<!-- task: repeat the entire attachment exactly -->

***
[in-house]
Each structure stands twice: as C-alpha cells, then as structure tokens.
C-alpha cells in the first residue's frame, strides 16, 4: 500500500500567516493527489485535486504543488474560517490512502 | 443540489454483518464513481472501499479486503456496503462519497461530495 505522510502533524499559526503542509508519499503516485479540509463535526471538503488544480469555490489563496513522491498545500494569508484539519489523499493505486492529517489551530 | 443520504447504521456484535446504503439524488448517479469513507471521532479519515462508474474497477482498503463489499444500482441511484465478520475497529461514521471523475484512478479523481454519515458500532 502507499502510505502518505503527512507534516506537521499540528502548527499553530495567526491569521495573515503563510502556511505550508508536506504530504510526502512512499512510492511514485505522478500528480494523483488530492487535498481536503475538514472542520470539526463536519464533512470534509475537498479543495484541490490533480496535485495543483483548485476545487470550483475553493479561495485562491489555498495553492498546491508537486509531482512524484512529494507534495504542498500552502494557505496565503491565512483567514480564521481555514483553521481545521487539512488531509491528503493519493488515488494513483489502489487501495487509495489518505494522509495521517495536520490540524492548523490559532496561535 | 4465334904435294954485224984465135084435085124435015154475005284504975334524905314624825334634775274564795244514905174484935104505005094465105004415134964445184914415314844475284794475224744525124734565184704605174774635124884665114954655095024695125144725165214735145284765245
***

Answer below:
[in-house]
Each structure stands twice: as C-alpha cells, then as structure tokens.
C-alpha cells in the first residue's frame, strides 16, 4: 500500500500567516493527489485535486504543488474560517490512502 | 443540489454483518464513481472501499479486503456496503462519497461530495 505522510502533524499559526503542509508519499503516485479540509463535526471538503488544480469555490489563496513522491498545500494569508484539519489523499493505486492529517489551530 | 443520504447504521456484535446504503439524488448517479469513507471521532479519515462508474474497477482498503463489499444500482441511484465478520475497529461514521471523475484512478479523481454519515458500532 502507499502510505502518505503527512507534516506537521499540528502548527499553530495567526491569521495573515503563510502556511505550508508536506504530504510526502512512499512510492511514485505522478500528480494523483488530492487535498481536503475538514472542520470539526463536519464533512470534509475537498479543495484541490490533480496535485495543483483548485476545487470550483475553493479561495485562491489555498495553492498546491508537486509531482512524484512529494507534495504542498500552502494557505496565503491565512483567514480564521481555514483553521481545521487539512488531509491528503493519493488515488494513483489502489487501495487509495489518505494522509495521517495536520490540524492548523490559532496561535 | 4465334904435294954485224984465135084435085124435015154475005284504975334524905314624825334634775274564795244514905174484935104505005094465105004415134964445184914415314844475284794475224744525124734565184704605174774635124884665114954655095024695125144725165214735145284765245